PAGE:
Last but not least, future analyses regarding Finland, Germany or other (European) countries have to look not only at campaign efficiency but also at the impact of specific campaign features. Such studies have to control for the primary objectives of the political parties – and they might even reflect campaign content and its ‘tonality’. A campaign's ‘success’ might pertain, for example, to high levels of media output, maximising votes, positive evaluations of campaign pundits or financial donations. Ideally, all of these aims would have to be quantified, and they would have to be put in a causal relationship with specific campaign structures or strategies. That, however, remains an impossible task for the moment. Nevertheless, it is in the interest of political communication research to follow that route since it is a promising way to approach campaign ‘reality’, its causes and consequences.

  1. 1

    For European elections see Bicchi et al., 2003; De Vreese, 2009; Gagatek, 2010; Maier and Tenscher, 2006.

  2. 2

    Due to diverging objectives and resources there might be variations in the degree of professionalisation or de-professionalisation of a political party's campaign efforts. That would be represented by different angles in Figure 1. For reasons of clarity, Figure 1 only shows one political party (or the aggregate of all political parties).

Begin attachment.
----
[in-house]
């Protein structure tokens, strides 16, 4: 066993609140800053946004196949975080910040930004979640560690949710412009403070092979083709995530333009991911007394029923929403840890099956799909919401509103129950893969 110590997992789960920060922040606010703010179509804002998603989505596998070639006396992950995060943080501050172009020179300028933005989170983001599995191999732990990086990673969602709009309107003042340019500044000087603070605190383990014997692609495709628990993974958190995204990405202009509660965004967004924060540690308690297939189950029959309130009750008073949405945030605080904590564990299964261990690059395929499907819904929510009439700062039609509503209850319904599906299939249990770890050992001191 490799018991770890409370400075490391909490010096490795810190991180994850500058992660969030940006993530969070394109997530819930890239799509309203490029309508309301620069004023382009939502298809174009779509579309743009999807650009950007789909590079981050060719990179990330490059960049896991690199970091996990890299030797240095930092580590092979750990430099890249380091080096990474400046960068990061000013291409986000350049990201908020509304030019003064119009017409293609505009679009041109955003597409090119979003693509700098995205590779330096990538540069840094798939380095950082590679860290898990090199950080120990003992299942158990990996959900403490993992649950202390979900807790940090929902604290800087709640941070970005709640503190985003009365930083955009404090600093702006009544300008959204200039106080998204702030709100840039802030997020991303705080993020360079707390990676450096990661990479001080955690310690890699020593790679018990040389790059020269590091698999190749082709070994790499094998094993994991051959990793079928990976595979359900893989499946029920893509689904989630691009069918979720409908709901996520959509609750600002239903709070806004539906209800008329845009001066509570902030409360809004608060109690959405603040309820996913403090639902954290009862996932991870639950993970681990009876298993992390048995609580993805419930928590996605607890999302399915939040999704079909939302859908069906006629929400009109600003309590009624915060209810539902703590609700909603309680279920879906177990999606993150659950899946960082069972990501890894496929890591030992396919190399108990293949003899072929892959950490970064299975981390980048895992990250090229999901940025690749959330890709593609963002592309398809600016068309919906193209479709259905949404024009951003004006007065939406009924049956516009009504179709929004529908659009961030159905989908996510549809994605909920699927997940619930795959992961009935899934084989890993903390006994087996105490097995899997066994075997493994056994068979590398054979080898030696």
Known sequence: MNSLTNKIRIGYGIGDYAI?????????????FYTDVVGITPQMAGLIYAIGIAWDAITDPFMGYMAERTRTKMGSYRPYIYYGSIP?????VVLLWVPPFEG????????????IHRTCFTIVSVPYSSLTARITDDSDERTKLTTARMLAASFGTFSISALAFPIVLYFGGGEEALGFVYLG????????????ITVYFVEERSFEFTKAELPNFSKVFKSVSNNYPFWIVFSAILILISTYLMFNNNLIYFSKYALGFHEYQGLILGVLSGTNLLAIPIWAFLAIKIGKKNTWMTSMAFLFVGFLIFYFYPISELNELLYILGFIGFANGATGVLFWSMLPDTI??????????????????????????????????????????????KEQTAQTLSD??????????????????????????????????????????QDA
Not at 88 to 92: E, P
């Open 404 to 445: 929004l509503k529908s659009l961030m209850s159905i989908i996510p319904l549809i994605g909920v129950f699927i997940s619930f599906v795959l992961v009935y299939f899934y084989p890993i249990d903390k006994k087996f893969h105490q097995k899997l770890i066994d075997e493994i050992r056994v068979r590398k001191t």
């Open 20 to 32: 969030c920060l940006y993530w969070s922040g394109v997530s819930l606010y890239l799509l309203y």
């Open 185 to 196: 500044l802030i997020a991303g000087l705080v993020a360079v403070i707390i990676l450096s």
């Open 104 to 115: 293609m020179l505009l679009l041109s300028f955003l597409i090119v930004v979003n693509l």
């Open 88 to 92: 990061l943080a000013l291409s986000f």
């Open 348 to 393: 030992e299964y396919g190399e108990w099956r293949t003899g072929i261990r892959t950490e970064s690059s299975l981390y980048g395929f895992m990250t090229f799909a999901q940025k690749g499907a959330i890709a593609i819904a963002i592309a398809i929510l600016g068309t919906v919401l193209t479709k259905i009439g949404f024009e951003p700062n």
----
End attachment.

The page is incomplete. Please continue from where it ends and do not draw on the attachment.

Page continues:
3. 3

    Although Europarties have become more important in coordinating EP election campaigns in recent years, there have been no pan-European campaigns yet (Poguntke and Pütz, 2006). National parties are still in the lead when it comes to planning, organising and conducting EP campaigns. Therefore, ‘centralisation’ belongs to the national level of politics.

  4. 4

    Theoretically and empirically it is unclear whether an additive index adequately reflects degrees of professional campaigning. It may be that single components have to be weighted accordingly – or perhaps sometimes intentional withdrawing of components might be a better indicator for professional campaigning than adding elements up. As long as these questions of external validity remain open, we will stay with an additive but standardised index.

  5. 5

    Unlike the CAMPROF index, the setting up of an outside campaign headquarters is not included, notwithstanding its symbolic (but not inherently functional) role.

  6. 6

    A breakdown of both indices to the original indicators can be found in the online Appendix.


  1. Top of page
  2. Abstract
  3. Campaign Professionalism and Professionalisation
  4. Data and Method
  5. Empirical Findings